Student Loan

Court Ruling Favors Student Loan Bankruptcy Discharge

Although there hasn’t been any good economic news for 2020, if you are buried under student loans, there were some amazing developments recently.

A recent court decision may allow you to discharge your debts through bankruptcy. !

The 10th Circuit U.S Court of Appeals’ decision is very narrow so it’s only worth two exclamation marks for now. The mere fact that a court ruled student loans can be discharged (meaning “wiped out”) by filing bankruptcy is huge news.

Are Private Student Loans Dischargeable in Bankruptcy

Student loans, unlike car loans, mortgages, and other unsecured debts such as credit cards, are not usually discharged in bankruptcy.

They are basically like tattoos. They are usually acquired when people are young and remain with them for the rest of their lives.

What did McDaniel do v. Navient?

This is the case’s name, but it’s not crucial. You only need to know that a Colorado couple successfully argued for Chapter 13 bankruptcy to discharge approximately $200,000 of student loan debt.

Many people can be like McDaniels. They find themselves in a financial crisis and file for bankruptcy. However, most of their debts are discharged, except student loans. This means that they are still in a difficult financial situation. They want to rebuild their financial life, but with $200,000 in debt it is difficult to do so.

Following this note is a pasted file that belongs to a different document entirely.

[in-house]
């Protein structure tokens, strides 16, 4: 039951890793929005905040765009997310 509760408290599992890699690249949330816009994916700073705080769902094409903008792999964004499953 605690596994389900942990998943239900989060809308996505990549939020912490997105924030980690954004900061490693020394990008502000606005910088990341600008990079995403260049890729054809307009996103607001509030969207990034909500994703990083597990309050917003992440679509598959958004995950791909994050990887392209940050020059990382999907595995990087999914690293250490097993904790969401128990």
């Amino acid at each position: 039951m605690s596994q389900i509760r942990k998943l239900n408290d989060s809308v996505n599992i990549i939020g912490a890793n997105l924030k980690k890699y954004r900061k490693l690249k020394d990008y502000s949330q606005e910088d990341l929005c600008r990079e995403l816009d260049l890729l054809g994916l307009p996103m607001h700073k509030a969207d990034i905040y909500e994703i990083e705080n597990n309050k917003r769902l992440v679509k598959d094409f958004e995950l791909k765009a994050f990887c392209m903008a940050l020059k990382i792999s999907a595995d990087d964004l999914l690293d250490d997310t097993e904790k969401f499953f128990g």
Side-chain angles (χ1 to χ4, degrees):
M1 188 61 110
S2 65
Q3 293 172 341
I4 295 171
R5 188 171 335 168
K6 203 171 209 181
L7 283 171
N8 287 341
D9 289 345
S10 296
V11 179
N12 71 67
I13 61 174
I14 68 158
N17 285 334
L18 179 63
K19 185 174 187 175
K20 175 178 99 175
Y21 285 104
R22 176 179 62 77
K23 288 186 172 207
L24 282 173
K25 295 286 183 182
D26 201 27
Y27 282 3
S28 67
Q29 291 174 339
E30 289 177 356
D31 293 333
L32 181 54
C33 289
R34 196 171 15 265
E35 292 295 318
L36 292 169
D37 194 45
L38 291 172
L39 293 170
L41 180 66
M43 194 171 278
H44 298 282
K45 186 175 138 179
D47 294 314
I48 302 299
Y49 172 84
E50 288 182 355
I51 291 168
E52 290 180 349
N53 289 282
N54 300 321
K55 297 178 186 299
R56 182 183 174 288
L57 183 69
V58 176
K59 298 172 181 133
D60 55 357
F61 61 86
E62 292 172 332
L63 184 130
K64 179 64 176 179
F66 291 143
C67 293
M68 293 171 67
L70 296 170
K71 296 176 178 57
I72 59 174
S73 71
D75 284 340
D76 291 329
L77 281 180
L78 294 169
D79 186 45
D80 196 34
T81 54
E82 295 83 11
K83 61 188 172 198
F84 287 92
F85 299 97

What is “Undue Harship”? How does this Bankruptcy Ruling change it?

To have student loans forgiven, you must meet the “undue hardship” standard. You must pass the Brunner test to be eligible for student loans.

It is named after Marie Brunner who was a plaintiff in a 1983 case and tried to get $9,000 in student loan repayments through bankruptcy. There are three requirements to pass the test.

  • Debtors will need to prove that their income and expenses are not sufficient to repay their loan.
  • The debtor must show that the situation will continue during a substantial portion of their repayment period.
  • The proof that a debtor has made good faith efforts to repay the loan must be shown.

It would seem that anyone who is so desperate to file for bankruptcy would automatically be considered living in undue hardship. However, lenders often contest it and have more money and lawyers to fight the battle.

Do You Need to File for Bankruptcy?

This ruling only applies to the 10th Circuit, which includes Oklahoma, Kansas and New Mexico as well as Colorado, Wyoming and Utah. It also covers parts of Montana, Idaho, Montana, and Wyoming. However, legal experts believe it will be a precedent that will force other courts to release student loans more readily.

Dalie Jimenez, a professor from the University of California Irvine School of Law said that there are more options for consumers.

It is not clear how long it will take these avenues to expand into other states. Don’t let a collection agency harass you about student-loan payments that are past due.

You should call a non-profit credit counseling agency. They will first review your finances to determine if there are ways you can improve them so that bankruptcy is avoided.

Do not file if you can! !

Three exclamation marks is enough to make bankruptcy seem like a poison pill. This will cause your credit score to be ruined for seven to ten years, making it harder for you get a loan for a house or car.

However, if bankruptcy cannot be avoided by a debt management plan or another strategy, the counselor will evaluate your chances of getting your student loans forgiven.

These chances were almost non-existent in the past. There is reason to be optimistic.

It’s enough reason to be happy, considering how everything else has gone for 2020.